Enjoy the unique chance to dive with these predators
Encounter with sharks
Consider yourself lucky if you get to meet a shark and enjoy the majestic sight! You will be thrilled! Nevertheless, never forget that the shark is a predator, and we dive into its element. We at Sharkproject would like to support you so that you know how to encounter a shark and assess the situations correctly.
Therefore, we would like to give you some recommendations to take with you into the water.
Many fears arise from ignorance about the shark. But the shark is definitely not a “man-eater”, otherwise it would not be possible to do so many water sports in the sea. There are many aerial photographs taken of beaches where bathers were unknowingly filmed in the vicinity of sharks. Accidents are devastatingly few in relation to the millions of water sports enthusiasts. More people are killed by other people than by shark accidents.
- Minimize shark accidents. The past has shown that often after shark accidents the animals, even those not involved, were hunted senselessly. This can go so far that any shark sighted is killed immediately.
- Relaxed encounters with sharks
- Ease fears of the shark
- Being able to correctly assess and know swimming patterns and behaviour
- Recognize dangers
© Christine Gstöttner
- Follow the dive briefing carefully and ask questions if something is not understood.
- Find out which shark species you might encounter and what behaviour the animals usually show in this region. The guides are usually very knowledgeable about the dive sites and their animals.
- Find out about emergency procedures. Insist on a safety diver when feeding, especially if you are photographing or filming.
- Never lose respect for the sharks. Be cautious and alert.
- Regularly do the look-around and also watch what is going on behind you. Even if there are no sharks around. They appear quickly, but are gone just as quickly.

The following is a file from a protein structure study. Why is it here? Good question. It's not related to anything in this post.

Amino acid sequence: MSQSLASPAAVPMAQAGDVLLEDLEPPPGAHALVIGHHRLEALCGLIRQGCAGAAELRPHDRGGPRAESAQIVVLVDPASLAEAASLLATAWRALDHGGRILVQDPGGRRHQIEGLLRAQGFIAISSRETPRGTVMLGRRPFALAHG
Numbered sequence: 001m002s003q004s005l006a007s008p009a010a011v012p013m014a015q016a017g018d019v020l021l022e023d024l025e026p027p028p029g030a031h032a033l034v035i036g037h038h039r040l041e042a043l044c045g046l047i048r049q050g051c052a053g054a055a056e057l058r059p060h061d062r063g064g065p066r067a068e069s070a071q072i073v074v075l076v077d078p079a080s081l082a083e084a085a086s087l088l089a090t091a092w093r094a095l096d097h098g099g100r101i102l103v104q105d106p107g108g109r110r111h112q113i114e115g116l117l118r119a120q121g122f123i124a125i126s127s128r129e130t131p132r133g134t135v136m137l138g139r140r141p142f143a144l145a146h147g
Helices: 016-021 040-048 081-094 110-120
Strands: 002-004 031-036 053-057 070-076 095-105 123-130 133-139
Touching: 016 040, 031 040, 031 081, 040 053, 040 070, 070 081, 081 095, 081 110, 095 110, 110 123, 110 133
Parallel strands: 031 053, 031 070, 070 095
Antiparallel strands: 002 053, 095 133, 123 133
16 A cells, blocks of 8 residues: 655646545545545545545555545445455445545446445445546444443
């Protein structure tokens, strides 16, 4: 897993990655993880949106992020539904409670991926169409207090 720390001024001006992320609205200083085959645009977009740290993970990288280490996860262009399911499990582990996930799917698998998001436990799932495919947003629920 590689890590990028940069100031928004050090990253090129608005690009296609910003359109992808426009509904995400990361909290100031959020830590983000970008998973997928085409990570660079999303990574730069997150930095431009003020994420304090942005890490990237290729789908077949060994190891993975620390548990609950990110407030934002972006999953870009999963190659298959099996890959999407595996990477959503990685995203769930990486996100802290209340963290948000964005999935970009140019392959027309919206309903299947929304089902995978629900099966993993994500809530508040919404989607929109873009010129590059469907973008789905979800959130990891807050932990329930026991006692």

- Take the right equipment with you: for shark feeding, a distance stick or a large camera housing. Wear gloves, a bonnet and all-black clothing without contrasts. Reason: strong contrasts can be mistaken for food during feedings, as fish meat is also light-coloured.
- Do not try to injure a shark with a knife, you will fail. An injured animal can become unpredictable and aggressive.
- If a shark approaches you directly from the front, stay calm and try to adopt a vertical stance. Keep eye contact with the shark and turn with it as it circles you.
- Remember: Sharks do not have reverse gear!
- Stay in the group. A close group of people has an intimidating effect on sharks.
- Always keep your distance - even if the macro shot of the bite on the bait box is tempting.
- Do not crowd sharks or touch them
© Christine Gstöttner
For snorkellers, swimmers and bathers
- Never snorkel in areas where sharks are being fed, directly or indirectly. Direct includes areas where sharks are fed with bait. Indirect includes around liveaboards (sharks attracted by kitchen waste), off estuaries (fish attracted by food washing ashore) or anglers or fishermen operating in the area (bait or light prey).
- Avoid splashing, clumsy and noisy movements, so train your fin stroke, with or without fins.
- Always snorkel or swim with buddies.
- Take the right equipment with you: Contrasts and colours don't matter here, as snorkelling is generally not done in feeding areas. But if you are still afraid, take a distance stick or a large camera with you. This is mainly for your own peace of mind.
- Swimmers/ bathers must wear swimming goggles or, like the snorkeller, a diving mask with snorkel so that the shark can be observed.
- Do not swim in areas where there is a strong current moving into the open sea (danger of drifting).
© Christine Gstöttner
- Never surf in areas where shark feeding for divers takes place or where sharks are natural hunting grounds (seals or schools of fish).
- Also avoid indirect feeding areas (estuaries, anglers or fishermen nearby).
- Avoid murky water, as the sharks' senses may be irritated due to poor visibility.
- Contrast and colour of clothing do not matter, as surfing is generally not done in feeding areas.
- Equipment: it makes sense to take or wear swimming goggles. Use an electronic defence system.
Recommendation for breaks in the sea: keep the body and extremities on the board. Do not let any parts of the body hang in the water.
© Christine Staacks
- Stay calm, don't shout or fidget.
- Do not swim away - this is how prey animals behave and you become interesting for the shark.
- Always watch the shark and turn with the body if possible.
- Do not lose respect
- Enjoy the power and beauty of the animal!
© Kurt Amsler
Publications & Guides
ADORE SANE, swim-on pattern according to Dr Erich Ritter
SSI Shark Diver Specialist
Hands OFF — Campaign and guide to dealing with sharks
Diving Guide, Egypt in 8 languages
2014 – 2021
Blind Dates — The Big Book of Shark Encounters
Gerhard Wegner and Christine Gstöttner